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Thursday, 15 July 1915


Mr SHARPE (Oxley) .- The Bill has been discussed by many honorable members, and I have been pleased to hear very little opposition to it. I am sorry to say that the opposition that has been offered to it has come from members of our own party.


Mr PARKER MOLONEY (INDI, VICTORIA) - Not all of it.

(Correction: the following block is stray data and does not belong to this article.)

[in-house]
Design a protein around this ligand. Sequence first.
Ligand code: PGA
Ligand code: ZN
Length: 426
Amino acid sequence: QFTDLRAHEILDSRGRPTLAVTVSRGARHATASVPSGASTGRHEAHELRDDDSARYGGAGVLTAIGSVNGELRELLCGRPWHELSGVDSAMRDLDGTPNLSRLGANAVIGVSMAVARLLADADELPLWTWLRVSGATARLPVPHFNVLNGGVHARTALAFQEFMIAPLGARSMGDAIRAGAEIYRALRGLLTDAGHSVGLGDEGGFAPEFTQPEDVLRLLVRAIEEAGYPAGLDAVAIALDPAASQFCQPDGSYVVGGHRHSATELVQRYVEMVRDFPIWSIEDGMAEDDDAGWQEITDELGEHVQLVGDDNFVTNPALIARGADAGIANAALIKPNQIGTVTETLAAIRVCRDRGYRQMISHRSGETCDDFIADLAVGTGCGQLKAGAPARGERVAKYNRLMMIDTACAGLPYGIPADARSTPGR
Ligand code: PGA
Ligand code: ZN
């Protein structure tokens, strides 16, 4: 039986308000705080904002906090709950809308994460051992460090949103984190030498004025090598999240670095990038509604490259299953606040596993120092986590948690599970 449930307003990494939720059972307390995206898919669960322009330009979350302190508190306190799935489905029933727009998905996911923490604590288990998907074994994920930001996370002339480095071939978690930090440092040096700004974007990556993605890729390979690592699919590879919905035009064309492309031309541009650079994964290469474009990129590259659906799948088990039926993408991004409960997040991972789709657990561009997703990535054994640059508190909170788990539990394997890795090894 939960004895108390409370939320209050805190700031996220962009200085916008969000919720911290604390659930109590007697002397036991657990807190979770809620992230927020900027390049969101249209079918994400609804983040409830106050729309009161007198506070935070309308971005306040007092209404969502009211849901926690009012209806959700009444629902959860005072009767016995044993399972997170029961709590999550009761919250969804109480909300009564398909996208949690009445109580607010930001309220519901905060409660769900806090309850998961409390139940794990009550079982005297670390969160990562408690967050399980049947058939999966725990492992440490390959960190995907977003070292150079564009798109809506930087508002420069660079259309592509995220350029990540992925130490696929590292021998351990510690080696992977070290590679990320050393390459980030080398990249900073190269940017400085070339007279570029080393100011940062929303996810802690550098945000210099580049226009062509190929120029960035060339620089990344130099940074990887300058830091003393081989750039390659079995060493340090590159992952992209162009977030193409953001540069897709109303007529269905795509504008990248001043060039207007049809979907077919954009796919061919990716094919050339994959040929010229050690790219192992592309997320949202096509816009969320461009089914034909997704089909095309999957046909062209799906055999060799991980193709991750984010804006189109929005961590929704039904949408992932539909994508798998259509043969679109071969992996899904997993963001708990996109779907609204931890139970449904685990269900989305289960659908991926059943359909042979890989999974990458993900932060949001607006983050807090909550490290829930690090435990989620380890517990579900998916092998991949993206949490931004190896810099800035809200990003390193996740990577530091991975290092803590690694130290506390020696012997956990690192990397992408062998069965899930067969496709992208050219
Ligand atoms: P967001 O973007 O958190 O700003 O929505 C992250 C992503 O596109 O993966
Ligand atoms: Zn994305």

Mr SHARPE - Practically all of it. The right honorable member for Swan objected to a portion of the Bill, as we expected him to do. I am pleased that the Government have decided to establish this form of organization. Those who have paid any attention to the war so far must agree that the weakness of the British Government has been the absence of any organization at its command at the outbreak of the war. After many months of fighting and the loss of many valuable lives, Great Britain has recognised the necessity of adopting the same system of organization that Germany has had in operation for the past twenty-five or thirty years, and has recognised that Germany's great strength has been due to the fact that her very complete system of organization enabled her at the outbreak of the war to know exactly where her men were, and how best they could be used. Now that Great Britain is adopting the very same system of organization that Germany has had in operation, we can have greater confidence in the efforts that the Allies are putting forth with the small amount of organization that has been employed so far, and I have no doubt that Australia will benefit very considerably by imitating this scheme of organization, which is in existence all over the world. Germany was so completely organized that at the outbreak of the war she knew how many bushels of wheat, flour, rye, and other foodstuffs she could control, and how best she could make use of all her produce. The Allies 'were not in that happy position, and through their inability to control foodstuffs great unrest was occasioned, whereas Germany has had a peaceful passage in that respect, and her people have not been exploited as have been the people of her allied enemies. In Australia, though late in the day, we have recognised the necessity for taking steps to organize our forces, and though many opinions have been advanced as to the powers given by the Bill before us, and as to its utility, I am of the opinion that it will prove very valuable, and that, though the present intention is to limit its provisions to the period of the war, we may find a continuation of the organization which it will establish of considerable value for a long time ahead. Much of Germany's success has been due to the fact that she has been organized, not only in regard to the war, but also in regard to her industries. In Australia we may meet with the same rapid success as regards industrial progress if we have in force the same system of organization of our industries that Germany has possessed for the last twenty or thirty years. In regard to utilizing the labour that has been offered gratuitously to the Government for the purpose of taking the census for which the Bill provides, the AttorneyGeneral should confer with the Chief , Electoral Officer. If the latter will agree to it, the work of conducting the census should be intrusted to the Divisional Returning Officers throughout the Commonwealth. I believe they will be permitted by the Chief Electoral Officer to undertake it - if it is carried put by these men it will be done satisfactorily, because they are in close touch with the people in the different electorates, and would know exactly how to handle the matter. There would then be no need for creating new machinery for the purpose of taking the census - while the labour that is being offered gratuitously in all parts of the Commonwealth could be used by allotting portions of the different electorates to different individuals who would distribute the census cards, assist the citizens to fill them in, and afterwards collect them. That would be a valuable way of using the labour that is offering, and in all probability it would be the easiest way of securing the information that the Government require. I do not know what the Attorney-General proposes, but it will be necessary to have officers of some kind in all the capitals as well as in many of the big centres of the Commonwealth, and it will be a simple matter to add to those on the electoral rolls the names of citizens between eighteen and twenty-one years of age.